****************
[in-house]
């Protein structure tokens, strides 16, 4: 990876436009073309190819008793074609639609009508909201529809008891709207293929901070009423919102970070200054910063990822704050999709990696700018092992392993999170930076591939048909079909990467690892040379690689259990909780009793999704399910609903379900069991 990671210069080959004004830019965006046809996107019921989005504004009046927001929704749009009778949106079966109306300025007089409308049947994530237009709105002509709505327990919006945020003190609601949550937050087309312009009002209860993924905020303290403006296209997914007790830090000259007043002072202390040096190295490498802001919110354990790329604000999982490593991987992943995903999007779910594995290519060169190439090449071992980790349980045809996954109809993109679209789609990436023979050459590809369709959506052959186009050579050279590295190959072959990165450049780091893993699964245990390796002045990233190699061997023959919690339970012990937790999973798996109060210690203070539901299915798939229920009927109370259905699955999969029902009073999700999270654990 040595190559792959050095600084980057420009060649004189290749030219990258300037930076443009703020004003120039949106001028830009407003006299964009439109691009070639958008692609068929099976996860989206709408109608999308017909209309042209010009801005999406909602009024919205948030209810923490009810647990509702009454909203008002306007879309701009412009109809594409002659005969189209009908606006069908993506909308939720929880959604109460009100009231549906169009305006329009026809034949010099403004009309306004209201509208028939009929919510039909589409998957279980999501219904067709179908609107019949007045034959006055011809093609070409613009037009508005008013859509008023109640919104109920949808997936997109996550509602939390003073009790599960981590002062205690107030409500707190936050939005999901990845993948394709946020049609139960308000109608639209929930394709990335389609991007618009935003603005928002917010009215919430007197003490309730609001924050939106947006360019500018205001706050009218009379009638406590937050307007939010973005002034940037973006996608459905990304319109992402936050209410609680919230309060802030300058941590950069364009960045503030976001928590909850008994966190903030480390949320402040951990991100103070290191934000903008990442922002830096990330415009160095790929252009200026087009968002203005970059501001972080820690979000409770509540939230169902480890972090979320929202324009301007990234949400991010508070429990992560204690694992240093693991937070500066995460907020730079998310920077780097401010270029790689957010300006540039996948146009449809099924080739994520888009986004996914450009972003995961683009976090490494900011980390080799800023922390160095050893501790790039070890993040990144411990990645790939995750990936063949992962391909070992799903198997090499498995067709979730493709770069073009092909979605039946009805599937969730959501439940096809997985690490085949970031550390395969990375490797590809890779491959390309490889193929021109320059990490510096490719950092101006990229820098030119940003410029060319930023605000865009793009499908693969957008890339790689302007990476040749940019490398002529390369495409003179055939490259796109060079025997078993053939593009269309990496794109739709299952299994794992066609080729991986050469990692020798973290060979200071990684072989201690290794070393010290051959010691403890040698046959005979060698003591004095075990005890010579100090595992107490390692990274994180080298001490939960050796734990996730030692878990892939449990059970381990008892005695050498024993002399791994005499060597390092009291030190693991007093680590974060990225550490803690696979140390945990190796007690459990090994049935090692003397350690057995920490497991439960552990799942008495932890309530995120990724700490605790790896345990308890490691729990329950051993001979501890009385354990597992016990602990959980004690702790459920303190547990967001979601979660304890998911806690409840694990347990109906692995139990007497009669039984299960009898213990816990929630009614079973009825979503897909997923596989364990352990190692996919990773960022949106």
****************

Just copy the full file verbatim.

[in-house]
């Protein structure tokens, strides 16, 4: 990876436009073309190819008793074609639609009508909201529809008891709207293929901070009423919102970070200054910063990822704050999709990696700018092992392993999170930076591939048909079909990467690892040379690689259990909780009793999704399910609903379900069991 990671210069080959004004830019965006046809996107019921989005504004009046927001929704749009009778949106079966109306300025007089409308049947994530237009709105002509709505327990919006945020003190609601949550937050087309312009009002209860993924905020303290403006296209997914007790830090000259007043002072202390040096190295490498802001919110354990790329604000999982490593991987992943995903999007779910594995290519060169190439090449071992980790349980045809996954109809993109679209789609990436023979050459590809369709959506052959186009050579050279590295190959072959990165450049780091893993699964245990390796002045990233190699061997023959919690339970012990937790999973798996109060210690203070539901299915798939229920009927109370259905699955999969029902009073999700999270654990 040595190559792959050095600084980057420009060649004189290749030219990258300037930076443009703020004003120039949106001028830009407003006299964009439109691009070639958008692609068929099976996860989206709408109608999308017909209309042209010009801005999406909602009024919205948030209810923490009810647990509702009454909203008002306007879309701009412009109809594409002659005969189209009908606006069908993506909308939720929880959604109460009100009231549906169009305006329009026809034949010099403004009309306004209201509208028939009929919510039909589409998957279980999501219904067709179908609107019949007045034959006055011809093609070409613009037009508005008013859509008023109640919104109920949808997936997109996550509602939390003073009790599960981590002062205690107030409500707190936050939005999901990845993948394709946020049609139960308000109608639209929930394709990335389609991007618009935003603005928002917010009215919430007197003490309730609001924050939106947006360019500018205001706050009218009379009638406590937050307007939010973005002034940037973006996608459905990304319109992402936050209410609680919230309060802030300058941590950069364009960045503030976001928590909850008994966190903030480390949320402040951990991100103070290191934000903008990442922002830096990330415009160095790929252009200026087009968002203005970059501001972080820690979000409770509540939230169902480890972090979320929202324009301007990234949400991010508070429990992560204690694992240093693991937070500066995460907020730079998310920077780097401010270029790689957010300006540039996948146009449809099924080739994520888009986004996914450009972003995961683009976090490494900011980390080799800023922390160095050893501790790039070890993040990144411990990645790939995750990936063949992962391909070992799903198997090499498995067709979730493709770069073009092909979605039946009805599937969730959501439940096809997985690490085949970031550390395969990375490797590809890779491959390309490889193929021109320059990490510096490719950092101006990229820098030119940003410029060319930023605000865009793009499908693969957008890339790689302007990476040749940019490398002529390369495409003179055939490259796109060079025997078993053939593009269309990496794109739709299952299994794992066609080729991986050469990692020798973290060979200071990684072989201690290794070393010290051959010691403890040698046959005979060698003591004095075990005890010579100090595992107490390692990274994180080298001490939960050796734990996730030692878990892939449990059970381990008892005695050498024993002399791994005499060597390092009291030190693991007093680590974060990225550490803690696979140390945990190796007690459990090994049935090692003397350690057995920490497991439960552990799942008495932890309530995120990724700490605790790896345990308890490691729990329950051993001979501890009385354990597992016990602990959980004690702790459920303190547990967001979601979660304890998911806690409840694990347990109906692995139990007497009669039984299960009898213990816990929630009614079973009825979503897909997923596989364990352990190692996919990773960022949106």